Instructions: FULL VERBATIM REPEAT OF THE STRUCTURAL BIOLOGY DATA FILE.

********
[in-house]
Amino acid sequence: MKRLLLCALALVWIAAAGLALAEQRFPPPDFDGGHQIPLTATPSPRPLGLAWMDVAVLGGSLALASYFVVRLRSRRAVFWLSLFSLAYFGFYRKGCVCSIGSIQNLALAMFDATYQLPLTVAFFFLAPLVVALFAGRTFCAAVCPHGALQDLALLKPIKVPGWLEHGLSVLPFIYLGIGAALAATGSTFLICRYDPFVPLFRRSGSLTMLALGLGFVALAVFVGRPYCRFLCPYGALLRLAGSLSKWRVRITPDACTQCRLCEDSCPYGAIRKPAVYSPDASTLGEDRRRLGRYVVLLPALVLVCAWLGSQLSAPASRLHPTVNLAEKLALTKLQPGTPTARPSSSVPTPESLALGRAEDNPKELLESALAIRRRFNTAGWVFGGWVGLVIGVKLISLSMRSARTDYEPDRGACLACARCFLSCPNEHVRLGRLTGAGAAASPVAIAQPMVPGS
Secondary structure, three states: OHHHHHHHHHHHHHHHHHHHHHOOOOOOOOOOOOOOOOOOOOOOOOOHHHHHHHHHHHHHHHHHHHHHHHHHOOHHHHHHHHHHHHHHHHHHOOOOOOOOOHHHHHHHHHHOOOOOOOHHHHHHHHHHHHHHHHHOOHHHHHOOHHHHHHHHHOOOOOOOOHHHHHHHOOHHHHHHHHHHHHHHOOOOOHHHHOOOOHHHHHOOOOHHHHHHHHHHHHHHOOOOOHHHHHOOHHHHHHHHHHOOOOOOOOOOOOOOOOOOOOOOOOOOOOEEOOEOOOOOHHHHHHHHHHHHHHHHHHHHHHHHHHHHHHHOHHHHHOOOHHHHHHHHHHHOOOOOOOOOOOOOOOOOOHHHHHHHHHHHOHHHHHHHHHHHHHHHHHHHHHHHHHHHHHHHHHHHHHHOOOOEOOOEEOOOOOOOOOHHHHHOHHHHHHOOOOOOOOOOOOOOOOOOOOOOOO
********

[in-house]
Amino acid sequence: MKRLLLCALALVWIAAAGLALAEQRFPPPDFDGGHQIPLTATPSPRPLGLAWMDVAVLGGSLALASYFVVRLRSRRAVFWLSLFSLAYFGFYRKGCVCSIGSIQNLALAMFDATYQLPLTVAFFFLAPLVVALFAGRTFCAAVCPHGALQDLALLKPIKVPGWLEHGLSVLPFIYLGIGAALAATGSTFLICRYDPFVPLFRRSGSLTMLALGLGFVALAVFVGRPYCRFLCPYGALLRLAGSLSKWRVRITPDACTQCRLCEDSCPYGAIRKPAVYSPDASTLGEDRRRLGRYVVLLPALVLVCAWLGSQLSAPASRLHPTVNLAEKLALTKLQPGTPTARPSSSVPTPESLALGRAEDNPKELLESALAIRRRFNTAGWVFGGWVGLVIGVKLISLSMRSARTDYEPDRGACLACARCFLSCPNEHVRLGRLTGAGAAASPVAIAQPMVPGS
Secondary structure, three states: OHHHHHHHHHHHHHHHHHHHHHOOOOOOOOOOOOOOOOOOOOOOOOOHHHHHHHHHHHHHHHHHHHHHHHHHOOHHHHHHHHHHHHHHHHHHOOOOOOOOOHHHHHHHHHHOOOOOOOHHHHHHHHHHHHHHHHHOOHHHHHOOHHHHHHHHHOOOOOOOOHHHHHHHOOHHHHHHHHHHHHHHOOOOOHHHHOOOOHHHHHOOOOHHHHHHHHHHHHHHOOOOOHHHHHOOHHHHHHHHHHOOOOOOOOOOOOOOOOOOOOOOOOOOOOEEOOEOOOOOHHHHHHHHHHHHHHHHHHHHHHHHHHHHHHHOHHHHHOOOHHHHHHHHHHHOOOOOOOOOOOOOOOOOOHHHHHHHHHHHOHHHHHHHHHHHHHHHHHHHHHHHHHHHHHHHHHHHHHHOOOOEOOOEEOOOOOOOOOHHHHHOHHHHHHOOOOOOOOOOOOOOOOOOOOOOOO